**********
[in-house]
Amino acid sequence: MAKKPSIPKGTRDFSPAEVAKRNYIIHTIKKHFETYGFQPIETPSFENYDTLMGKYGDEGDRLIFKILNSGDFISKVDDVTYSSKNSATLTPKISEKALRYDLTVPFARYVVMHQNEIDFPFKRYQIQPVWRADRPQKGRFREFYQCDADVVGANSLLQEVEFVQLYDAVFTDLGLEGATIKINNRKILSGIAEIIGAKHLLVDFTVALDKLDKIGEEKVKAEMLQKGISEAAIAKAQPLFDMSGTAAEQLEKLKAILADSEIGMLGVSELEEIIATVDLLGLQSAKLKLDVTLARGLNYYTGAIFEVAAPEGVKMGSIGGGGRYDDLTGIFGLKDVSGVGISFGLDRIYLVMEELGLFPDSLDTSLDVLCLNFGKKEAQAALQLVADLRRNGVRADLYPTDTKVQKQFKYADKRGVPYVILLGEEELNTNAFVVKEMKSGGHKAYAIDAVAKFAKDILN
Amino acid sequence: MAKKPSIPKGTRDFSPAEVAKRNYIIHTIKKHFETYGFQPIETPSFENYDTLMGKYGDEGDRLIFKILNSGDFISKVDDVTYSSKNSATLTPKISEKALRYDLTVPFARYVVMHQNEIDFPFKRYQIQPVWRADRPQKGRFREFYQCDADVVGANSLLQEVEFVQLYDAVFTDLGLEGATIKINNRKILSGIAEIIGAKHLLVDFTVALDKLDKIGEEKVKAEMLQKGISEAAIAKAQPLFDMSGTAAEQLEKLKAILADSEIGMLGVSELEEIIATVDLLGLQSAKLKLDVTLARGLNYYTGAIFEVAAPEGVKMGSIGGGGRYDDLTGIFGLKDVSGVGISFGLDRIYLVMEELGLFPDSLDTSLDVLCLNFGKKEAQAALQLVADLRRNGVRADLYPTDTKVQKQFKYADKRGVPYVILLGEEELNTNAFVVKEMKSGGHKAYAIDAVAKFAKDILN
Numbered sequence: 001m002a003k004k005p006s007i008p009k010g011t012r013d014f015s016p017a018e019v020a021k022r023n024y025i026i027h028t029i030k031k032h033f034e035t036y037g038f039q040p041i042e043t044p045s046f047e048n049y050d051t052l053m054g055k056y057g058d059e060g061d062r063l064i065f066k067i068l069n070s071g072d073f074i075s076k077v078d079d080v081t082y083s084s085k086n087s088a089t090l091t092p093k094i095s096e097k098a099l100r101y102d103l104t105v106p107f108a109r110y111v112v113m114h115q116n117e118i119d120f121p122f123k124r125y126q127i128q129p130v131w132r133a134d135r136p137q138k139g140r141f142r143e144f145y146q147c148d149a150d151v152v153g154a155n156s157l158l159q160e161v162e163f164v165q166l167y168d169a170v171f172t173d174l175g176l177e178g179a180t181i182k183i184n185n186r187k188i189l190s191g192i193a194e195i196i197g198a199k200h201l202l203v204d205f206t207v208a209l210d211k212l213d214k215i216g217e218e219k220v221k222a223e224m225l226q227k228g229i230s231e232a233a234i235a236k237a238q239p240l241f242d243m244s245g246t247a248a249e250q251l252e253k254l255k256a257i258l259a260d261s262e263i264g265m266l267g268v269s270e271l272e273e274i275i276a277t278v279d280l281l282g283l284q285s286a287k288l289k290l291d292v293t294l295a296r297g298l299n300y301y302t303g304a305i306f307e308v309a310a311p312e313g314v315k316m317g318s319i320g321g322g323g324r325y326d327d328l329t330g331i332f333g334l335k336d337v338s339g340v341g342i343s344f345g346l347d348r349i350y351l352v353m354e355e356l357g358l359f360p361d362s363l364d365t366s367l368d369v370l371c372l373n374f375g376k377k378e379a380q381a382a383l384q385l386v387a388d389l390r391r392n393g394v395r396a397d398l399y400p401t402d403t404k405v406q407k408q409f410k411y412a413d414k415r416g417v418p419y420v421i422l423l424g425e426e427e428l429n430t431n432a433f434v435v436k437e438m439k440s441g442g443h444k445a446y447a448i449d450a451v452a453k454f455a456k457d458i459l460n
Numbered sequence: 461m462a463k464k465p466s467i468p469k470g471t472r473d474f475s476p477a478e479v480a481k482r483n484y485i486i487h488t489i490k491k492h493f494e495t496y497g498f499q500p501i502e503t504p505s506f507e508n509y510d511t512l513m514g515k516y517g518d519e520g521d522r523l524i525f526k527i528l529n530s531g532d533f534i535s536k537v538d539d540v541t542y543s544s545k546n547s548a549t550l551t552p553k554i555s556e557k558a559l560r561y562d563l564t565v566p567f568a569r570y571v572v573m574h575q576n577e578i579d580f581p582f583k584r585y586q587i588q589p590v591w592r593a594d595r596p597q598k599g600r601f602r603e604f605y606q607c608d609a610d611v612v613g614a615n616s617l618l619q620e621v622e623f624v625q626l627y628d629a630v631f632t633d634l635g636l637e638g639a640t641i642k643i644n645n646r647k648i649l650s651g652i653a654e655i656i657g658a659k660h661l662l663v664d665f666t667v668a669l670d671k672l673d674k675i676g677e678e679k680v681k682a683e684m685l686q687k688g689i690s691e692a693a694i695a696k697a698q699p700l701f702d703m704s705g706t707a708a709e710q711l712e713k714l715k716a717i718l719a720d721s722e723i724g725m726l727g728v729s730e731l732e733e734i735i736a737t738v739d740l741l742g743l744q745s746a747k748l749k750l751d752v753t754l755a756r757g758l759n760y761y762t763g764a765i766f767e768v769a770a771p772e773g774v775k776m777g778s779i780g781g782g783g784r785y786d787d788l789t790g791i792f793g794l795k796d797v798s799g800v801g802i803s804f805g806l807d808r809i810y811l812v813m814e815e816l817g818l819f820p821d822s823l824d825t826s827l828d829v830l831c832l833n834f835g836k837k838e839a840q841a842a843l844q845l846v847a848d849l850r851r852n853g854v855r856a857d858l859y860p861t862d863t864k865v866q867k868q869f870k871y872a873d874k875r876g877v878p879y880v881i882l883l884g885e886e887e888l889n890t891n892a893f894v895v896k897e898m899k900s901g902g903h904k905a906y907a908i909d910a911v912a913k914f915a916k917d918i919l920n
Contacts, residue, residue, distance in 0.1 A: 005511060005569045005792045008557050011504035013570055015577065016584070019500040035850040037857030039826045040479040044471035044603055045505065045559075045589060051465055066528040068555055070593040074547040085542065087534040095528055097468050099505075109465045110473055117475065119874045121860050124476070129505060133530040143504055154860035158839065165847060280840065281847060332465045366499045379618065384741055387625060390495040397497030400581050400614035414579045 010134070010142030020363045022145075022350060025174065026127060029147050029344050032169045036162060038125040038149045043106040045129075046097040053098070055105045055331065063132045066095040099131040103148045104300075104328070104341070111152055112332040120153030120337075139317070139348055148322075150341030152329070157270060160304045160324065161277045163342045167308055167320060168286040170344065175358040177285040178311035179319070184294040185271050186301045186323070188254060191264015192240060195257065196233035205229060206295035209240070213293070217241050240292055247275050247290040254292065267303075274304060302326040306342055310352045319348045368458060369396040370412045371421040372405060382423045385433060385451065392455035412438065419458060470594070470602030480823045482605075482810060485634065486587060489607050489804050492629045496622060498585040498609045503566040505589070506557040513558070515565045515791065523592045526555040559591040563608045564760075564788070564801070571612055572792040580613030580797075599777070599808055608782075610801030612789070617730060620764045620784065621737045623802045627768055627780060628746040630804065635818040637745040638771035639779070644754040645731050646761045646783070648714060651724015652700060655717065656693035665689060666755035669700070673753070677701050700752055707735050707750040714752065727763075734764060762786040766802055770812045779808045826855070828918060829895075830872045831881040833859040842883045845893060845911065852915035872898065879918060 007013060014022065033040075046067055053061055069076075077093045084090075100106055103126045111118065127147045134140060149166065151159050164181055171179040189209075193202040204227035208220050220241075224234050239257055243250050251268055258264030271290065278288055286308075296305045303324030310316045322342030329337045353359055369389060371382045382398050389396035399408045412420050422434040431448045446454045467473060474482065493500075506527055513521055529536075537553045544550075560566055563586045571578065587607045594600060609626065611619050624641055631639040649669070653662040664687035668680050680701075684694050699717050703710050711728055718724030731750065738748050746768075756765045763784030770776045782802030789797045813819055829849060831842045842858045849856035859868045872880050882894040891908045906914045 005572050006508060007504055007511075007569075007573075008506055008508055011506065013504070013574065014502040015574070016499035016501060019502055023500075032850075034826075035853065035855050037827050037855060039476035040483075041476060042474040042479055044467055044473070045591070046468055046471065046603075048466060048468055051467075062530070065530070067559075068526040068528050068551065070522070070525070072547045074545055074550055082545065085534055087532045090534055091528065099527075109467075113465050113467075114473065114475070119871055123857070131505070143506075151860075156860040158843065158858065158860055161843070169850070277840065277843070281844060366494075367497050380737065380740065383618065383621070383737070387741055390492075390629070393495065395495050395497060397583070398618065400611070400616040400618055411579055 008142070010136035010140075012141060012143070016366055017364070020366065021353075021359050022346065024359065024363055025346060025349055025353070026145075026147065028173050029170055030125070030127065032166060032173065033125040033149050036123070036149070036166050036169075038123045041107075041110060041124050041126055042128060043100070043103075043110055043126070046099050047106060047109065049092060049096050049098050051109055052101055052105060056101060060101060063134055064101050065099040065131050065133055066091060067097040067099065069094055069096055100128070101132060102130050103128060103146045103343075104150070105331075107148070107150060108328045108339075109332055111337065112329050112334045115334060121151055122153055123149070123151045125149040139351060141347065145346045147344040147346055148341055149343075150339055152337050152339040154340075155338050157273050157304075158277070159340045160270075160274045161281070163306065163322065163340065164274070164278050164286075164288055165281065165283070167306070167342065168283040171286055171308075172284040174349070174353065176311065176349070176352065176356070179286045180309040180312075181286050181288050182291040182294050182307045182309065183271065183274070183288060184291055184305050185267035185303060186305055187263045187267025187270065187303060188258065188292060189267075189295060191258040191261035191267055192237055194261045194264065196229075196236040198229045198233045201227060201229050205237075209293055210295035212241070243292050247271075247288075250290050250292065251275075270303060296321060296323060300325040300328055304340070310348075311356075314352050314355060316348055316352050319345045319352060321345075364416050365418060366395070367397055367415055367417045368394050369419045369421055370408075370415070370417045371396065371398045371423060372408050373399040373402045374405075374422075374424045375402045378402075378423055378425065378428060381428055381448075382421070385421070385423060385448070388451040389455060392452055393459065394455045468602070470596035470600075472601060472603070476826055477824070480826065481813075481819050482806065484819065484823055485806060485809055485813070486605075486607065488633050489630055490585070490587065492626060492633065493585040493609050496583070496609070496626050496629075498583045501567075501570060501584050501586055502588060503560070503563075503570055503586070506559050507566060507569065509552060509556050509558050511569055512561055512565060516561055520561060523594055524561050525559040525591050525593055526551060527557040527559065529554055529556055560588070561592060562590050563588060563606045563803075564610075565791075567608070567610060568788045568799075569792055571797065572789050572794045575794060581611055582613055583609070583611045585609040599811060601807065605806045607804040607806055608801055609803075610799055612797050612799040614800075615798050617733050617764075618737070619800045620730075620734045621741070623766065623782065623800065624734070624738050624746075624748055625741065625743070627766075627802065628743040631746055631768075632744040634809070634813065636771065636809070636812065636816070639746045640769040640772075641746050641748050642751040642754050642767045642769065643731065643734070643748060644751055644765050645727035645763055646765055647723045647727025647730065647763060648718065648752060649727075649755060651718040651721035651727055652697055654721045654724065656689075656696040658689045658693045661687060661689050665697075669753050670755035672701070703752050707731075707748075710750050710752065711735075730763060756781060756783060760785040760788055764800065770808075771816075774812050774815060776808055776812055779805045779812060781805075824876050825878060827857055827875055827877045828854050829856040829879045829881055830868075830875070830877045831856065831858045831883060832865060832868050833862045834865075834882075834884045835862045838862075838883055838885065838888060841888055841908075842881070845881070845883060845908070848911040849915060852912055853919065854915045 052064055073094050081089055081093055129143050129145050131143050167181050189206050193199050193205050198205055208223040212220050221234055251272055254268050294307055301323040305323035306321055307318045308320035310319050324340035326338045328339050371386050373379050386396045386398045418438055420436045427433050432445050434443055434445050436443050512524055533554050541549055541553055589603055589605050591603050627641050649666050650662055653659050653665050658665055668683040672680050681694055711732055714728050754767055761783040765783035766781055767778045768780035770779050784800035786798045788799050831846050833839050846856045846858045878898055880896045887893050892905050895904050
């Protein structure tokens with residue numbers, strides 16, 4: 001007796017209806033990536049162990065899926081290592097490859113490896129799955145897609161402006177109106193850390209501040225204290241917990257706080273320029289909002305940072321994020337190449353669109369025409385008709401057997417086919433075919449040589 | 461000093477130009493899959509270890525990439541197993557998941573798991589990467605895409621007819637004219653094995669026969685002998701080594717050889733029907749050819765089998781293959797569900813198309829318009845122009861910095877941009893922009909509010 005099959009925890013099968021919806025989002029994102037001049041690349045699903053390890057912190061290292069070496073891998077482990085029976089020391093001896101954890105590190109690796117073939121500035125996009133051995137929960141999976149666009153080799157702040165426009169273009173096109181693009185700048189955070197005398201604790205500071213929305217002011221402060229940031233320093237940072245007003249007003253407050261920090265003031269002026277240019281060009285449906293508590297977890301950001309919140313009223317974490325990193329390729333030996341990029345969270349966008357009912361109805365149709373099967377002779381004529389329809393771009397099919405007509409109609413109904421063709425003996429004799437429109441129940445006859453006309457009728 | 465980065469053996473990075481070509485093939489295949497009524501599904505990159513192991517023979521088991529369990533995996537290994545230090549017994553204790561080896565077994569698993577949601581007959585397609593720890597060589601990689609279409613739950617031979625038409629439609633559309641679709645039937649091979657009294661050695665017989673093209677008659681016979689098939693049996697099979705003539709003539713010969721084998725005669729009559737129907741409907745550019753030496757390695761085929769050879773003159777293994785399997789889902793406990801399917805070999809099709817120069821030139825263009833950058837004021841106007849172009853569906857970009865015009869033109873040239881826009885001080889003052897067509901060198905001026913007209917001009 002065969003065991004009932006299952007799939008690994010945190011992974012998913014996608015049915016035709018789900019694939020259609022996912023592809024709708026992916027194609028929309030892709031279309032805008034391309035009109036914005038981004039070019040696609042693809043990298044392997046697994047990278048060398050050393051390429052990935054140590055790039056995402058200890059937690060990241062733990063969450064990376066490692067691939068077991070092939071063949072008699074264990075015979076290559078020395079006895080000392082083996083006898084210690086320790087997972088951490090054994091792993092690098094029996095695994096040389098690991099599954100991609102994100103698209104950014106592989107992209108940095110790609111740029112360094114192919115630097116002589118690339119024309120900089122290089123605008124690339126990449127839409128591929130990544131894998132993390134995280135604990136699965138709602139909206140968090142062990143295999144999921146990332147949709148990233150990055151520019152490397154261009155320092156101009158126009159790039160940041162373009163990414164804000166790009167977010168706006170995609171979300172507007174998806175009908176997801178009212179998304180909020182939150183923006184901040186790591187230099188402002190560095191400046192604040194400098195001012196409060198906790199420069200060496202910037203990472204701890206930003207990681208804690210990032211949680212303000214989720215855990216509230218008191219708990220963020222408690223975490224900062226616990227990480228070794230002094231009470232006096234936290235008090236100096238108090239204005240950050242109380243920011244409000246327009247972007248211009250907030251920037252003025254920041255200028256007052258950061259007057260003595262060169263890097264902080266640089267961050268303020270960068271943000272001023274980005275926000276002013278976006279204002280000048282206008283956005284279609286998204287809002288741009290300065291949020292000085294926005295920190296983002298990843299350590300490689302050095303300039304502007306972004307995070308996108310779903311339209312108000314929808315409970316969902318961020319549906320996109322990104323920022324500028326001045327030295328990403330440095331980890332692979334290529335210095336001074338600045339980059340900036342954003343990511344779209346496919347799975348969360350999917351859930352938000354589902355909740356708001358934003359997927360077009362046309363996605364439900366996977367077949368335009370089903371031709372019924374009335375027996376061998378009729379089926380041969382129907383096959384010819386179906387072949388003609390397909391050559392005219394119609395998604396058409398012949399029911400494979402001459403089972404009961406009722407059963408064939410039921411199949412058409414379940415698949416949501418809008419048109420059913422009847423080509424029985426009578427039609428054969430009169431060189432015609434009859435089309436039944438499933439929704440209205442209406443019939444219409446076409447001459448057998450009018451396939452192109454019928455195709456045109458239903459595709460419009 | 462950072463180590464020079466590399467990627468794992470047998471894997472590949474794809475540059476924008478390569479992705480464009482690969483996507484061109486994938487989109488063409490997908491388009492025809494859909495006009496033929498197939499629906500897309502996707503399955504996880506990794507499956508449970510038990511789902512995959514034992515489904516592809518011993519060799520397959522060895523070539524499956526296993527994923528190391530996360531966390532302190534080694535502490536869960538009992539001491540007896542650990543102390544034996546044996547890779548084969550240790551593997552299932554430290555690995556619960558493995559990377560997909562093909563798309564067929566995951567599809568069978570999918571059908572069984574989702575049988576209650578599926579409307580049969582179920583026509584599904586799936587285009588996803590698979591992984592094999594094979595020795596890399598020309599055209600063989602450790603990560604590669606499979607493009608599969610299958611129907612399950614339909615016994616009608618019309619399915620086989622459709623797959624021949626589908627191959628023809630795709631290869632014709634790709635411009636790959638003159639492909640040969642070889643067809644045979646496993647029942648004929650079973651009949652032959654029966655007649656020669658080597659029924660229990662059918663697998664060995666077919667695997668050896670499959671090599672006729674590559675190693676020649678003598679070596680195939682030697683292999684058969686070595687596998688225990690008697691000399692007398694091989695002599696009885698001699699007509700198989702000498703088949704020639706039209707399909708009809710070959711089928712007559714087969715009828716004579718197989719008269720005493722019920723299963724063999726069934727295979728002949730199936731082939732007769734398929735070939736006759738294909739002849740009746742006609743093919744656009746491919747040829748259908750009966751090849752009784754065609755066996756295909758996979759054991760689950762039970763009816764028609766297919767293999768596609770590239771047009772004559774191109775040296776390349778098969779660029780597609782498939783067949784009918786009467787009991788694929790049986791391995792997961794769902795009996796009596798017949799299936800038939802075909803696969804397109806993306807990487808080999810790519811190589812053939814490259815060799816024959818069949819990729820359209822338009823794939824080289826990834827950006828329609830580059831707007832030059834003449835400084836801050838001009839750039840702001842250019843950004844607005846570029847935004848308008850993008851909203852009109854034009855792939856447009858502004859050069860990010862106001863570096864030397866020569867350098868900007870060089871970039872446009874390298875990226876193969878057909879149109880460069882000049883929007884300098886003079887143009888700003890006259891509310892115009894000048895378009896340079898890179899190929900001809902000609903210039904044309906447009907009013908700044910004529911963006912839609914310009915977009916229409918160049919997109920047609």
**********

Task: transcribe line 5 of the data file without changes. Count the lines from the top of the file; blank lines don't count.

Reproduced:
Numbered sequence: 461m462a463k464k465p466s467i468p469k470g471t472r473d474f475s476p477a478e479v480a481k482r483n484y485i486i487h488t489i490k491k492h493f494e495t496y497g498f499q500p501i502e503t504p505s506f507e508n509y510d511t512l513m514g515k516y517g518d519e520g521d522r523l524i525f526k527i528l529n530s531g532d533f534i535s536k537v538d539d540v541t542y543s544s545k546n547s548a549t550l551t552p553k554i555s556e557k558a559l560r561y562d563l564t565v566p567f568a569r570y571v572v573m574h575q576n577e578i579d580f581p582f583k584r585y586q587i588q589p590v591w592r593a594d595r596p597q598k599g600r601f602r603e604f605y606q607c608d609a610d611v612v613g614a615n616s617l618l619q620e621v622e623f624v625q626l627y628d629a630v631f632t633d634l635g636l637e638g639a640t641i642k643i644n645n646r647k648i649l650s651g652i653a654e655i656i657g658a659k660h661l662l663v664d665f666t667v668a669l670d671k672l673d674k675i676g677e678e679k680v681k682a683e684m685l686q687k688g689i690s691e692a693a694i695a696k697a698q699p700l701f702d703m704s705g706t707a708a709e710q711l712e713k714l715k716a717i718l719a720d721s722e723i724g725m726l727g728v729s730e731l732e733e734i735i736a737t738v739d740l741l742g743l744q745s746a747k748l749k750l751d752v753t754l755a756r757g758l759n760y761y762t763g764a765i766f767e768v769a770a771p772e773g774v775k776m777g778s779i780g781g782g783g784r785y786d787d788l789t790g791i792f793g794l795k796d797v798s799g800v801g802i803s804f805g806l807d808r809i810y811l812v813m814e815e816l817g818l819f820p821d822s823l824d825t826s827l828d829v830l831c832l833n834f835g836k837k838e839a840q841a842a843l844q845l846v847a848d849l850r851r852n853g854v855r856a857d858l859y860p861t862d863t864k865v866q867k868q869f870k871y872a873d874k875r876g877v878p879y880v881i882l883l884g885e886e887e888l889n890t891n892a893f894v895v896k897e898m899k900s901g902g903h904k905a906y907a908i909d910a911v912a913k914f915a916k917d918i919l920n